Key issues included money earmarked for the Seattle Police North Precinct and the new proposal by Councilmembers O’Brien and Kirsten Harris-Talley for a “head tax” that they say would only affect the top 10 percent (in gross revenue) Seattle businesses, raising more money for efforts to reduce homelessness.
WHAT HAPPENS NEXT: Herbold described the process in her weekly e-mail/online update last Friday. That includes this calendar with the full budget-process schedule. The next phase starts next Monday: “Proposals for the next set of meetings, from October 23 to 25, will need to be have specific funding amounts; they will also need three Council sponsors, by a 2 p.m. deadline on October 19.” So if there’s something you want to see in next year’s budget but haven’t seen so far, contact the council – email@example.com. And in the meantime, each of the budget committee meetings has a public-comment period, so if any of the departments interests you and you can make it to City Hall for that meeting, you can sign up to speak. There’s also one more nighttime public hearing about the budget in general, set for 5:30 pm November 1st.
With the help of texters/callers/commenters, we tracked orcas through the area this afternoon. And tonight Gary Jones shared photos from Alki Point! Passing ferry passengers got the best view:
The Kitsap Transit foot ferry, too:
Gary said the orcas were spread out over a distance, headed north when he photographed them around 5 pm.
According to Orca Network, they were likely Southern Resident Killer Whales.
Thanks to the texter who sent that photo of sandbags outside Delridge Community Center, a traditional pickup spot for those who live in flood-prone areas of West Seattle – particularly along nearby Longfellow Creek (which flooded in a big way 10 years ago). Meantime, the approaching storm now looks to be the rainiest on Wednesday and Thursday, so you have a little more time to clear your storm drain(s) and take other preparatory steps.
Two weeks ago today, a crash on the northbound Alaskan Way Viaduct sparked a van fire that resulted in more than two hours of morning-commute trouble. We brought you updates during our morning traffic coverage that day. As noted there, the vehicle that burned was a van belonging to Cupcake Royale, which said its driver was unhurt. The fire, while briefly big, as the photo above shows, was out before too long – SFD was dispatched at 6:14 am and the last engine left at 7:13, according to the incident log – but the burned van blocked a lane on the Viaduct for another hour and a quarter.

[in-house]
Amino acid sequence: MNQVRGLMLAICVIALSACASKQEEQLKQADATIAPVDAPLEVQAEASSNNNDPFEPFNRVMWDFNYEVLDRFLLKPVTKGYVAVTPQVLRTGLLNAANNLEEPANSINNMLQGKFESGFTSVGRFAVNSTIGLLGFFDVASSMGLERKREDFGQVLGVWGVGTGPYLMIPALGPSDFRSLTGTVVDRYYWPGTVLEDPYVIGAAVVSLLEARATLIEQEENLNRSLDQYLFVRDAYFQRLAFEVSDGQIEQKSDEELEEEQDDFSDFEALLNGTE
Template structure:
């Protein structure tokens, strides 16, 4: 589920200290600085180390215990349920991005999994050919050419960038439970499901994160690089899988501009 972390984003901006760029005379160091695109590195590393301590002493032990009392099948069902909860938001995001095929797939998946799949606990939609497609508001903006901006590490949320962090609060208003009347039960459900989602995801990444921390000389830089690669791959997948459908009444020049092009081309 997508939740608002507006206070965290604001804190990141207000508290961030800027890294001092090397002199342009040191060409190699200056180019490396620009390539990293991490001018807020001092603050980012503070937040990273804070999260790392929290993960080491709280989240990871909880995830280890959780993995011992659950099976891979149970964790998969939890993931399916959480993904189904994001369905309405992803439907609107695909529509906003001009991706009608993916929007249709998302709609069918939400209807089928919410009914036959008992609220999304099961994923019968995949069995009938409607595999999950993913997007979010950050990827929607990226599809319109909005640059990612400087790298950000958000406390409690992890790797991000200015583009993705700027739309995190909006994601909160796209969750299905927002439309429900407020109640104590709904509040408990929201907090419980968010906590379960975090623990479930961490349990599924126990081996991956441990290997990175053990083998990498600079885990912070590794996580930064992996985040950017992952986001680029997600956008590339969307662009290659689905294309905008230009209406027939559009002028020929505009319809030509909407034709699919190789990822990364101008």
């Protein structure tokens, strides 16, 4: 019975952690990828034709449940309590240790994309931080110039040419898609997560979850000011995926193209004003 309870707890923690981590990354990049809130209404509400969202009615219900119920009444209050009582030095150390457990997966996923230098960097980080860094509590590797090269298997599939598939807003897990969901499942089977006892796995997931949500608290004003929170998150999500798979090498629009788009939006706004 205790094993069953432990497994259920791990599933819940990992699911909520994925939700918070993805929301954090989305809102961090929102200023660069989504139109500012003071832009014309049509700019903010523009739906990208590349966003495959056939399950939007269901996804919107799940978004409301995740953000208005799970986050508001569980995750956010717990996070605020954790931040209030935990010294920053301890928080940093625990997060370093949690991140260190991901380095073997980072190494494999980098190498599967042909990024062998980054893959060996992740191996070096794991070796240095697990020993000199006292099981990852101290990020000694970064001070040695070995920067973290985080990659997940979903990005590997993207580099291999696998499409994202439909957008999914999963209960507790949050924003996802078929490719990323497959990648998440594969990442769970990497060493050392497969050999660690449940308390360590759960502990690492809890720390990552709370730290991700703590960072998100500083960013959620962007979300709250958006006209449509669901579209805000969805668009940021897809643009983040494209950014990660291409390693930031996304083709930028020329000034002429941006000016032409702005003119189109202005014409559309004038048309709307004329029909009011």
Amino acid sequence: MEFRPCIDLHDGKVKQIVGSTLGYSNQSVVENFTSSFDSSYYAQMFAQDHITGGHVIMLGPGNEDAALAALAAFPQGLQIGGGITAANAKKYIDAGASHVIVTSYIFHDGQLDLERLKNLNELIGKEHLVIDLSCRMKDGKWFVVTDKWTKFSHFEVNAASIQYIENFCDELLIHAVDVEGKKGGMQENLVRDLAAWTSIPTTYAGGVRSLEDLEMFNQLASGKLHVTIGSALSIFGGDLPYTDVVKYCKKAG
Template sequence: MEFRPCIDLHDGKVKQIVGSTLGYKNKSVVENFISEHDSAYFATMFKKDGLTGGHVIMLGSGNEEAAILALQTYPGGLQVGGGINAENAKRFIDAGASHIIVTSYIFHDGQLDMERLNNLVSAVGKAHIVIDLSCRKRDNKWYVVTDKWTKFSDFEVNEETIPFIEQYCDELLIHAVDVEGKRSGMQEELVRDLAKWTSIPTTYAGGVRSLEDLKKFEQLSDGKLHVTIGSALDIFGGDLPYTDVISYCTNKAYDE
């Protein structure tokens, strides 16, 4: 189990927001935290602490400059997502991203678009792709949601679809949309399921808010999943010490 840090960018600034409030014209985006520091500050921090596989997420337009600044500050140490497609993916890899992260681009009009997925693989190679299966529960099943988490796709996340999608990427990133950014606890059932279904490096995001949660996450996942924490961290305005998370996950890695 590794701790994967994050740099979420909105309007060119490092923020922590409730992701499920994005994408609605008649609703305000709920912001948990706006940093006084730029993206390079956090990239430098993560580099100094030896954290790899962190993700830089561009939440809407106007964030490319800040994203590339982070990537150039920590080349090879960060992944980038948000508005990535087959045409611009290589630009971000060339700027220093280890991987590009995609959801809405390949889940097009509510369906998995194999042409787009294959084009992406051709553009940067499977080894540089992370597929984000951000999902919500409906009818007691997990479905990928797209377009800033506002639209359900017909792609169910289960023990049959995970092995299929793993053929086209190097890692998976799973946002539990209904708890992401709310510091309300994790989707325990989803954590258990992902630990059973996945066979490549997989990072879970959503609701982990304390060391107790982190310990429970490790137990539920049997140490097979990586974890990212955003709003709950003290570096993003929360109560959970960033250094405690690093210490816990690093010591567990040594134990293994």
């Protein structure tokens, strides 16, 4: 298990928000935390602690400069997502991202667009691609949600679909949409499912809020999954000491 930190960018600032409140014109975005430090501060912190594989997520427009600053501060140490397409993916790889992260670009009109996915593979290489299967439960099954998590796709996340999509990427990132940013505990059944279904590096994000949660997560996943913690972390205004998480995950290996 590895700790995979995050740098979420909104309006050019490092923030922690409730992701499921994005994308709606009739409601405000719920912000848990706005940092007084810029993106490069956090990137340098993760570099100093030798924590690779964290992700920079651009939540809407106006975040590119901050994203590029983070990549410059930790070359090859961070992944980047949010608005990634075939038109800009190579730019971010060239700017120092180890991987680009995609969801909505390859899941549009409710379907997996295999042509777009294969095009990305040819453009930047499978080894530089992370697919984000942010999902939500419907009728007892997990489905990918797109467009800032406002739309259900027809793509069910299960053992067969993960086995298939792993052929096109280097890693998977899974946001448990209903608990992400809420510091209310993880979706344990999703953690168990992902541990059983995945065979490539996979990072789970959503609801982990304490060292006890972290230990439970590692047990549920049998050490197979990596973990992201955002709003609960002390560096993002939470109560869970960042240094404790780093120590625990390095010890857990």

Given the commitment to clear key routes quickly, we asked what happened. Seattle Police, which handles incidents on the Viaduct though it’s a state structure, pointed us to the Department of Finance and Administrative Services, which oversees the city’s towing contract. FAS deputy communications director Cyndi Wilder researched it for us:
Initially, it appeared to be a breakdown in communication that caused the towing response time. However, we’ve reviewed information from SPD and Lincoln Towing’s dispatch data, and we determined that the response time to clear the incident was due to delays in retrieving the flatbed truck SPD requested.
SPD had requested three tows, which included the request for a flatbed truck. The City’s tow contractor, Lincoln Towing, dispatched two line trucks to the scene and sent a third to Lincoln’s Aurora Avenue North location to pick up the flatbed truck. The line trucks arrived on the scene at 6:58 a.m. and 7:05 a.m. Due to heavy traffic to pick up the flatbed truck and return to the incident scene, the flatbed did not arrive at the scene until 8:15 a.m.
Although Lincoln Towing’s response times met the performance standards of the towing contract (excerpts from the contract are below), we are working with Lincoln Towing on ways to improve response times for future incidents. When special equipment is requested (like a flatbed truck), we’ve asked Lincoln Towing to reach out to its subcontractors to determine if they have the requested equipment in a location where they can respond to the scene more quickly.
Here are the excerpts Wilder provided from the city’s towing contract:
5.a.ii- Minimum Performance Standards
With an officer standing-by or inside the Downtown Traffic Control Zone (DTCZ), Vendor will respond within 30 minutes when a Class A tow truck is needed to perform a tow. When a Class B, Class C or Class E tow truck is needed to perform a tow, Vendor will respond within 60 minutes.
7.a.ii-Exemptions to Minimum Performance Standards
……The following subsections describe situations when the City will grant an exemption
Two or more Tow Trucks Requested to One Impound Site: When two or more tow trucks are requested at one impound site, the first arriving tow truck will be held to the response time standard. SPD will grant an exemption for each tow truck arriving, provided the second tow truck arrives at the location of the impound within 60 minutes.
Back in 2015, after the notorious “fish-truck crash” blocked southbound 99 for nine hours, a variety of policy changes were recommended. Looking back at that, we’re seeing fodder for another followup.